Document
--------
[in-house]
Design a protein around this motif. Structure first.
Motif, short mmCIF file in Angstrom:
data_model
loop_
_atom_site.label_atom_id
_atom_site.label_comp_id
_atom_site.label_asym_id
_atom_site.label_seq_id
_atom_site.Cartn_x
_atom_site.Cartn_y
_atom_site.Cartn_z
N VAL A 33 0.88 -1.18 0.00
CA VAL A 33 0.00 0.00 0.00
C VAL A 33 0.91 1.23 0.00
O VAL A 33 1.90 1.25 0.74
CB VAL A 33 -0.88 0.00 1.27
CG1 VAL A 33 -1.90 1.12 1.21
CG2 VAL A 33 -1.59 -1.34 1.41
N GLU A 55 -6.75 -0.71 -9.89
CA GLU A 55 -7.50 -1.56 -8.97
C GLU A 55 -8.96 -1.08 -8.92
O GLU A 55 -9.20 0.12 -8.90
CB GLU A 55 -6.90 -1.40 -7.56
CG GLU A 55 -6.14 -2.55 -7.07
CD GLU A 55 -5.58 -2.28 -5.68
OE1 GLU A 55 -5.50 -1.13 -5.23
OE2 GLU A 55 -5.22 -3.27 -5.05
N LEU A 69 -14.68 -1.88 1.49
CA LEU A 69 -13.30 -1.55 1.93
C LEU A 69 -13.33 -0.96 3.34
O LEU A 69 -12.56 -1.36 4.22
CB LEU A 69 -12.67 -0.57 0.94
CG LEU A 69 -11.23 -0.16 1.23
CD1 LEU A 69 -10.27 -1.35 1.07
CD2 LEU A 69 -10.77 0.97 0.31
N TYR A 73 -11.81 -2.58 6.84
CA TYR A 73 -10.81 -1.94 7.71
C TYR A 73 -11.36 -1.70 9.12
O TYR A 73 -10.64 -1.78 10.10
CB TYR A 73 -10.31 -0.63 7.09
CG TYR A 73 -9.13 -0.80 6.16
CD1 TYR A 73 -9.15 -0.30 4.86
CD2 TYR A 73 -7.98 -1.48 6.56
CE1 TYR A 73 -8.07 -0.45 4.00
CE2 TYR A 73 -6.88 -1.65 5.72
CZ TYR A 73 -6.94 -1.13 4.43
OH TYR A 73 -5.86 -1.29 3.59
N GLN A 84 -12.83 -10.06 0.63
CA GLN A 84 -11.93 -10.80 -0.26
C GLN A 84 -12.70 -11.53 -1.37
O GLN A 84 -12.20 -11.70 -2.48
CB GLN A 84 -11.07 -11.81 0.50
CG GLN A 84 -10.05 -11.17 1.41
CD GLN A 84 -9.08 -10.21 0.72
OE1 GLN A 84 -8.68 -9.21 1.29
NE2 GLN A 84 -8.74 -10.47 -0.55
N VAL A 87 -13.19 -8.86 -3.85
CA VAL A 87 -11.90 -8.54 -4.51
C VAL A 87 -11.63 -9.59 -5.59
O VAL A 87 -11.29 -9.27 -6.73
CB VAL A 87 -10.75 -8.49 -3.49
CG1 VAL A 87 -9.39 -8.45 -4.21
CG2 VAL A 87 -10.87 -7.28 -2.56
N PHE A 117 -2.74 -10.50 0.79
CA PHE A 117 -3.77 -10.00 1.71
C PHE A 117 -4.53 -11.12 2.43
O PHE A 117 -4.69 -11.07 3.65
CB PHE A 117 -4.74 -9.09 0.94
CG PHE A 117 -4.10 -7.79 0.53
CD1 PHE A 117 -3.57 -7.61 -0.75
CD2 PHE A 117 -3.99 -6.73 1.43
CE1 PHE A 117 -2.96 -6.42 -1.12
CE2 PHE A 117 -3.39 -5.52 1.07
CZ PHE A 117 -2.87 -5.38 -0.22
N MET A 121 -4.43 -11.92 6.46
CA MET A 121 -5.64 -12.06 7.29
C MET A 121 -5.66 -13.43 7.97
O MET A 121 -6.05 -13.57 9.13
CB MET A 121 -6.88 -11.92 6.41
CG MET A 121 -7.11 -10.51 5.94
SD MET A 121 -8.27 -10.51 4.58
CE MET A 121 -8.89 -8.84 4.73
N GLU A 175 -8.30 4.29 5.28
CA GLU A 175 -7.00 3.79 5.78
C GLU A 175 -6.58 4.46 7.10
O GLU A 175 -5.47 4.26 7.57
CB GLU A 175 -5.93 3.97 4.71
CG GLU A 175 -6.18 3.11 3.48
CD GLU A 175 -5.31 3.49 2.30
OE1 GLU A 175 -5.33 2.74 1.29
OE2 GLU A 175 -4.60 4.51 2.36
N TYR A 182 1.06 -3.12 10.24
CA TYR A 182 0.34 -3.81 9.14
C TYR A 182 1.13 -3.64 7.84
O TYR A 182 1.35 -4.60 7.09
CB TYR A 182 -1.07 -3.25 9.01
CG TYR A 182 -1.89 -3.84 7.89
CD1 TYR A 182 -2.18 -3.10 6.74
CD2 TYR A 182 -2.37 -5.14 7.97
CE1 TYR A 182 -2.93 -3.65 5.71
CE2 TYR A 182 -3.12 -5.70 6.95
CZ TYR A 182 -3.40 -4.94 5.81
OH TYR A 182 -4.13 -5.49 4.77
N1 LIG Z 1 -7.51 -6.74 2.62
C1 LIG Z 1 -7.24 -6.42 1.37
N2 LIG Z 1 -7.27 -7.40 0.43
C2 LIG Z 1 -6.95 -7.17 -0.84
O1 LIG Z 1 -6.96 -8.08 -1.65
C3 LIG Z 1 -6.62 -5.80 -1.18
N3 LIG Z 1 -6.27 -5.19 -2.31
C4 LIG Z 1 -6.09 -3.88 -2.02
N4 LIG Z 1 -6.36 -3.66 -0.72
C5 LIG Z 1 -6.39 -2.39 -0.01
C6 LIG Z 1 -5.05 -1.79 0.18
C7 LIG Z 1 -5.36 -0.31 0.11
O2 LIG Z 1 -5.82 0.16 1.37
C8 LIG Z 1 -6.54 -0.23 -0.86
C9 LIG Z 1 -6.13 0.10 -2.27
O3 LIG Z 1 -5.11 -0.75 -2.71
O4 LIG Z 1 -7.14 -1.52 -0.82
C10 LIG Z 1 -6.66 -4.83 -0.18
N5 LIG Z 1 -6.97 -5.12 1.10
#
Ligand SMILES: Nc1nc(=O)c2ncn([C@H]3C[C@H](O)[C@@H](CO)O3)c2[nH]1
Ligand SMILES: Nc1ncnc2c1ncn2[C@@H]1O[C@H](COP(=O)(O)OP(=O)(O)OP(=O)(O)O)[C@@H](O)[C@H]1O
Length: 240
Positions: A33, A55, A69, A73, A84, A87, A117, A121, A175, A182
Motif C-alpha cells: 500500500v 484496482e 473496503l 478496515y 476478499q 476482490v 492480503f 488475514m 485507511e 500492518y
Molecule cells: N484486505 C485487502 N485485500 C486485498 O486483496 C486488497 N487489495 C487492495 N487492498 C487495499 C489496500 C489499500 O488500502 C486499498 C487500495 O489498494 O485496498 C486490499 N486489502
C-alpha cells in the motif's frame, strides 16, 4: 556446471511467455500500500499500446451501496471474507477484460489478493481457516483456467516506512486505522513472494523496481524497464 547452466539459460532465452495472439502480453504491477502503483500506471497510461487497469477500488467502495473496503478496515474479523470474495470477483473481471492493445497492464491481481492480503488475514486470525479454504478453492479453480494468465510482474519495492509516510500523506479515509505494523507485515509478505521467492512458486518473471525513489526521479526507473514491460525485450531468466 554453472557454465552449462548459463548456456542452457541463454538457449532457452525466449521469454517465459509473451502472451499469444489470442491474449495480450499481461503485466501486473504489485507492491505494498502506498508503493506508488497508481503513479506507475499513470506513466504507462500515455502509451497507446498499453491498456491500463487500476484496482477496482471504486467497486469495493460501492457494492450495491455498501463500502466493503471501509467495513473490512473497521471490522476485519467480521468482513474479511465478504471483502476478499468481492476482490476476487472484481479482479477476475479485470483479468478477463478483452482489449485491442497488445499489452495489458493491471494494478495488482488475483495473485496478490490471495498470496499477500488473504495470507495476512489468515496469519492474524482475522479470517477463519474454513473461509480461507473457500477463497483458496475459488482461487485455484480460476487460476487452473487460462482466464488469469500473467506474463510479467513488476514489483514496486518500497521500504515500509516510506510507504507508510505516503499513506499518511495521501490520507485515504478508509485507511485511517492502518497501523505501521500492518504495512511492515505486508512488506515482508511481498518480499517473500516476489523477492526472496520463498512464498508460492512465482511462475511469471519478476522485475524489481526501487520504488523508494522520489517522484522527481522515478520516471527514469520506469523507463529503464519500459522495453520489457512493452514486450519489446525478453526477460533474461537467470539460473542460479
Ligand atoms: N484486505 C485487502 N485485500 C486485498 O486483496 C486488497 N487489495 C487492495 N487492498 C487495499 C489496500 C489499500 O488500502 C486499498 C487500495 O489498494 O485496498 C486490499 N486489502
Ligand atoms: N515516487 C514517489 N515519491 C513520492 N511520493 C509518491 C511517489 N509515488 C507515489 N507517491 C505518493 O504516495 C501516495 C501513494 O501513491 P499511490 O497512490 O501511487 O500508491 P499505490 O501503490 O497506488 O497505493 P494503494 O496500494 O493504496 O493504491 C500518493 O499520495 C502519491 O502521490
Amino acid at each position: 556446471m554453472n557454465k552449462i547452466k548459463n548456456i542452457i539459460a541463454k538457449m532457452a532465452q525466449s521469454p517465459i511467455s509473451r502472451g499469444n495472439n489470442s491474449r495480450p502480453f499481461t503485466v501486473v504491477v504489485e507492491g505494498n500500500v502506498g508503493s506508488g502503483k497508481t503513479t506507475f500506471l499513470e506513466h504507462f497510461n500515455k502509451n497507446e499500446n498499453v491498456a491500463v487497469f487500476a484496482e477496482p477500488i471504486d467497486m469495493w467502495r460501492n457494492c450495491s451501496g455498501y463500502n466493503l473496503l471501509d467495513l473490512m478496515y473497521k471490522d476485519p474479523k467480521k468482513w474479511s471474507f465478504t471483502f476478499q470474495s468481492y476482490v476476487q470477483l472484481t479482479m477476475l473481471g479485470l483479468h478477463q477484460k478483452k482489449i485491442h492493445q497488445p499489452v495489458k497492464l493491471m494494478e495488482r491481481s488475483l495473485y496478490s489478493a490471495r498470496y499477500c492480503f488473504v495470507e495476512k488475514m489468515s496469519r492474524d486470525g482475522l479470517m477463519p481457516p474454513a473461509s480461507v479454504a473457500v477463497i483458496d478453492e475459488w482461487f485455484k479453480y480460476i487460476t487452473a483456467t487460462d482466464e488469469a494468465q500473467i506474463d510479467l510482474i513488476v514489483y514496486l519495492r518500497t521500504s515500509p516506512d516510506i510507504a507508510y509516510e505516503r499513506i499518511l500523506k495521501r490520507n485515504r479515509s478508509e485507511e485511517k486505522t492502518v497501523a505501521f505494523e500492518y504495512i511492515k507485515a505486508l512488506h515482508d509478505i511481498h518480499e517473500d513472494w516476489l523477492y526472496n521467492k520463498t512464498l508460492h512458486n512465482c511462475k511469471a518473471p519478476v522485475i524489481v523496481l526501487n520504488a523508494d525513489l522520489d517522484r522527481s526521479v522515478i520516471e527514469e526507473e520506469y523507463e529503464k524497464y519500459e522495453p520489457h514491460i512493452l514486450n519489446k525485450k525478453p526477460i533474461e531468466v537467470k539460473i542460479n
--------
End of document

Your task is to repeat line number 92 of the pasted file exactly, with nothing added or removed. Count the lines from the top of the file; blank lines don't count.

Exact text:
OE2 GLU A 175 -4.60 4.51 2.36